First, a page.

US inflation soars, but will it reverse?
- Inflation in the United States continues to accelerate, hitting another 40-year high. Equity and bond investors reacted with pessimism, driving down equity prices and driving up bond yields. Many investors had expected that inflation would rise in January from December, but it rose more than expected, thereby spooking markets.
Here’s what happened. The government reported that consumer prices were up 7.5% in January versus a year earlier, the highest since the early 1980s. Prices were up 0.6% from December to January, the same as in the previous month, but lower than in October and November. Thus, month-to-month inflation evidently peaked a few months ago, but the base effect from a year ago has rendered the 12-month change at an historic high.
Food and energy prices rose sharply in January, and the two were related. Energy prices were up 27% from a year earlier and up 0.9% from the previous month. The sharp rise in energy prices in the past year likely fed into food prices as food production is highly energy intensive. The result is that food prices were up 7% from a year earlier and up 0.9% from the previous month. When volatile food and energy prices are excluded, core prices were up 6% from a year earlier, which was a 40-year high. Core prices were up 0.6% from December, the same as in the previous month.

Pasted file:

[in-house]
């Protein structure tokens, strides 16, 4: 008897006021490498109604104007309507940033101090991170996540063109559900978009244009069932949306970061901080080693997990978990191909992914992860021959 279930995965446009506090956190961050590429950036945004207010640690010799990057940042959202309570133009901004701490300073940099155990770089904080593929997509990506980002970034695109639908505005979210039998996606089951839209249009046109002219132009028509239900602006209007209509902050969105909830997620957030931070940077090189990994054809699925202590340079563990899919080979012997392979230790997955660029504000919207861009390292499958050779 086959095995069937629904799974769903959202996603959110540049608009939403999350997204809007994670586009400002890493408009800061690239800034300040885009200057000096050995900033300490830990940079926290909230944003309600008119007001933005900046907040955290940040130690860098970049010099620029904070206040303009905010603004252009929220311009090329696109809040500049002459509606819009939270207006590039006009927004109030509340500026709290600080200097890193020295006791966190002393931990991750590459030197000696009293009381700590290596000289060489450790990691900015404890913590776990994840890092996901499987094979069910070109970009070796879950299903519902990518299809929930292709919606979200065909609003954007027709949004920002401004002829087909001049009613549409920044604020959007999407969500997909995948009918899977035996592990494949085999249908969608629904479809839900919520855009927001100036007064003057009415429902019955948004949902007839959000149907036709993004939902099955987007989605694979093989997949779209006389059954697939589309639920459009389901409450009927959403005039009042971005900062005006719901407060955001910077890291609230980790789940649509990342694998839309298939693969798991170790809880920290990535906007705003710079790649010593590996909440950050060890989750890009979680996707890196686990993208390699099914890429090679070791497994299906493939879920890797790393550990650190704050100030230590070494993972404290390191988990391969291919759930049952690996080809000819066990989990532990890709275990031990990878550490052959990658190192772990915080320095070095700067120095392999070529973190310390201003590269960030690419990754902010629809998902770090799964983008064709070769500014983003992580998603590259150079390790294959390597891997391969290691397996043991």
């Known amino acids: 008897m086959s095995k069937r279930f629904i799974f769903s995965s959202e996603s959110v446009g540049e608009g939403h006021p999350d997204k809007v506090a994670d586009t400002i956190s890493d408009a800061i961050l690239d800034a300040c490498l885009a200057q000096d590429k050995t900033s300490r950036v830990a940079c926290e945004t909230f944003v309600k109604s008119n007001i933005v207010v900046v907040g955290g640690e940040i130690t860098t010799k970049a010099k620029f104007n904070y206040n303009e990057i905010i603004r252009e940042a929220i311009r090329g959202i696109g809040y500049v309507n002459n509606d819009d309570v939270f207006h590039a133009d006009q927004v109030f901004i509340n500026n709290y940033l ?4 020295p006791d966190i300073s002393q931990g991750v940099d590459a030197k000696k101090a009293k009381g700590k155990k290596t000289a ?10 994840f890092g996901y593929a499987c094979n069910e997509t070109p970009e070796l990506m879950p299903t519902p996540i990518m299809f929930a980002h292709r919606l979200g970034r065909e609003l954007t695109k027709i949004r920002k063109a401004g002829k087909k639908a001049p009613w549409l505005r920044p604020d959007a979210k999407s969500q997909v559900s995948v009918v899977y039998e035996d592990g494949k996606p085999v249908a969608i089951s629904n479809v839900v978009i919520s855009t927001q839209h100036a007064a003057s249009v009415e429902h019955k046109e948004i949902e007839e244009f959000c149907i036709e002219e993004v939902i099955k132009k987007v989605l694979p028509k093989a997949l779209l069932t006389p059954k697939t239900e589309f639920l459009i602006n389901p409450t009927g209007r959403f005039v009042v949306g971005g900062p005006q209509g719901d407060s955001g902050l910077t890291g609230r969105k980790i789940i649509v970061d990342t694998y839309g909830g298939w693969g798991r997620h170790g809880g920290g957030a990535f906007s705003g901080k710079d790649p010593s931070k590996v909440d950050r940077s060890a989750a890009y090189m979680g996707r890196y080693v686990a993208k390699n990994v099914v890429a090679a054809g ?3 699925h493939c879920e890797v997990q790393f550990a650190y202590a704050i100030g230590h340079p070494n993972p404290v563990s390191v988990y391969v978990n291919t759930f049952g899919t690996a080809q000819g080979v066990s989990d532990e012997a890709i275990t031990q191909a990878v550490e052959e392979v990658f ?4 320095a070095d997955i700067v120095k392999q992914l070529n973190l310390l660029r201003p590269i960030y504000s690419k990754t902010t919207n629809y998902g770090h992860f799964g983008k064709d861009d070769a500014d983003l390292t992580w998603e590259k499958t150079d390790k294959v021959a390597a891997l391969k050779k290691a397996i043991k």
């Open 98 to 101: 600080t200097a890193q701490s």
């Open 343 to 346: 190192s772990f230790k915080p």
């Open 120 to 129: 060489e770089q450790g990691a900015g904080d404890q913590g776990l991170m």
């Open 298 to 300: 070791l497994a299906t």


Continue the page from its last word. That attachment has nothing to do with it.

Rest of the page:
In the press, much was made of the acceleration in the price of rental housing. The price index of renting residential property was up 3.8% in January versus a year earlier, the highest in two years. The price index for the imputed rent of owner-occupied housing was up 4.1% from a year earlier, the highest since 2007. This important indicator is meant to measure the housing component of consumer prices. A large majority of Americans own their homes and don’t buy and sell homes frequently. Thus, to measure the housing component of inflation, the government surveys homeowners and asks them what they would charge if they were renting out their homes. Given that home prices have increased sharply in the past year, homeowners evidently believe they can command higher rents than previously. This measure moves slowly over time, but it clearly has accelerated. This could make it more difficult for inflation to abate in the coming year or two.